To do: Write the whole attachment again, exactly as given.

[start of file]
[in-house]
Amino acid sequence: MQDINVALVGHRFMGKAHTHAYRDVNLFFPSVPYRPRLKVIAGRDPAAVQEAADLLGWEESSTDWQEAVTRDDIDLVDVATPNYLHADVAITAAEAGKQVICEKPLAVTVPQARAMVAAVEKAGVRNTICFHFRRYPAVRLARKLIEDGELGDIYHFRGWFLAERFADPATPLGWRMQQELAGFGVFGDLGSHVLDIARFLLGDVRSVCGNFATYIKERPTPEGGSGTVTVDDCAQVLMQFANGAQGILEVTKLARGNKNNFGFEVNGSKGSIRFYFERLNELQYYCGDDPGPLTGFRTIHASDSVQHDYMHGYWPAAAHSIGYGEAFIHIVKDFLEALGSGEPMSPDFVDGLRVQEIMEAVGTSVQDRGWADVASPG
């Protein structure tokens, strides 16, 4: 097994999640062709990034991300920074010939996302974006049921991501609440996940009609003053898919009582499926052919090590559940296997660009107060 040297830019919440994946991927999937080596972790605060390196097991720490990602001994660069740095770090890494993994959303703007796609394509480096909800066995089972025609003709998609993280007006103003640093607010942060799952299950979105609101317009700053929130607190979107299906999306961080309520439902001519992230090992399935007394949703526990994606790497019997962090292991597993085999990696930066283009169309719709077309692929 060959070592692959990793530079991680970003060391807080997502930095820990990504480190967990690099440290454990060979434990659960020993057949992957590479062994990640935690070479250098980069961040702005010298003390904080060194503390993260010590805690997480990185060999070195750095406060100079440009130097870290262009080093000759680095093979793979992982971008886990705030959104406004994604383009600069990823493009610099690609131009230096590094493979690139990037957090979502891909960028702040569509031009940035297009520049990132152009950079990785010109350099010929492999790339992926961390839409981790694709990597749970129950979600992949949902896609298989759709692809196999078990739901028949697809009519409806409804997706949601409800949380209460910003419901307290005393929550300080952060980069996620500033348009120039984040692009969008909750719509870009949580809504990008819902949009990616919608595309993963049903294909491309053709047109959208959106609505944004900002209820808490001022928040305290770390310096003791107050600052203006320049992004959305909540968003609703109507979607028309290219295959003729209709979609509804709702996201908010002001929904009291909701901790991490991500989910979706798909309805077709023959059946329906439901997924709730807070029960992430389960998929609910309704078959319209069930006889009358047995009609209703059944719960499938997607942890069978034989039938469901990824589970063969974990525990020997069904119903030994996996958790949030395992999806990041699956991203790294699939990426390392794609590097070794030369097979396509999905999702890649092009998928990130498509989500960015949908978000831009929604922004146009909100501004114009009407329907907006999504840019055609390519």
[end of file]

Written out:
[in-house]
Amino acid sequence: MQDINVALVGHRFMGKAHTHAYRDVNLFFPSVPYRPRLKVIAGRDPAAVQEAADLLGWEESSTDWQEAVTRDDIDLVDVATPNYLHADVAITAAEAGKQVICEKPLAVTVPQARAMVAAVEKAGVRNTICFHFRRYPAVRLARKLIEDGELGDIYHFRGWFLAERFADPATPLGWRMQQELAGFGVFGDLGSHVLDIARFLLGDVRSVCGNFATYIKERPTPEGGSGTVTVDDCAQVLMQFANGAQGILEVTKLARGNKNNFGFEVNGSKGSIRFYFERLNELQYYCGDDPGPLTGFRTIHASDSVQHDYMHGYWPAAAHSIGYGEAFIHIVKDFLEALGSGEPMSPDFVDGLRVQEIMEAVGTSVQDRGWADVASPG
């Protein structure tokens, strides 16, 4: 097994999640062709990034991300920074010939996302974006049921991501609440996940009609003053898919009582499926052919090590559940296997660009107060 040297830019919440994946991927999937080596972790605060390196097991720490990602001994660069740095770090890494993994959303703007796609394509480096909800066995089972025609003709998609993280007006103003640093607010942060799952299950979105609101317009700053929130607190979107299906999306961080309520439902001519992230090992399935007394949703526990994606790497019997962090292991597993085999990696930066283009169309719709077309692929 060959070592692959990793530079991680970003060391807080997502930095820990990504480190967990690099440290454990060979434990659960020993057949992957590479062994990640935690070479250098980069961040702005010298003390904080060194503390993260010590805690997480990185060999070195750095406060100079440009130097870290262009080093000759680095093979793979992982971008886990705030959104406004994604383009600069990823493009610099690609131009230096590094493979690139990037957090979502891909960028702040569509031009940035297009520049990132152009950079990785010109350099010929492999790339992926961390839409981790694709990597749970129950979600992949949902896609298989759709692809196999078990739901028949697809009519409806409804997706949601409800949380209460910003419901307290005393929550300080952060980069996620500033348009120039984040692009969008909750719509870009949580809504990008819902949009990616919608595309993963049903294909491309053709047109959208959106609505944004900002209820808490001022928040305290770390310096003791107050600052203006320049992004959305909540968003609703109507979607028309290219295959003729209709979609509804709702996201908010002001929904009291909701901790991490991500989910979706798909309805077709023959059946329906439901997924709730807070029960992430389960998929609910309704078959319209069930006889009358047995009609209703059944719960499938997607942890069978034989039938469901990824589970063969974990525990020997069904119903030994996996958790949030395992999806990041699956991203790294699939990426390392794609590097070794030369097979396509999905999702890649092009998928990130498509989500960015949908978000831009929604922004146009909100501004114009009407329907907006999504840019055609390519």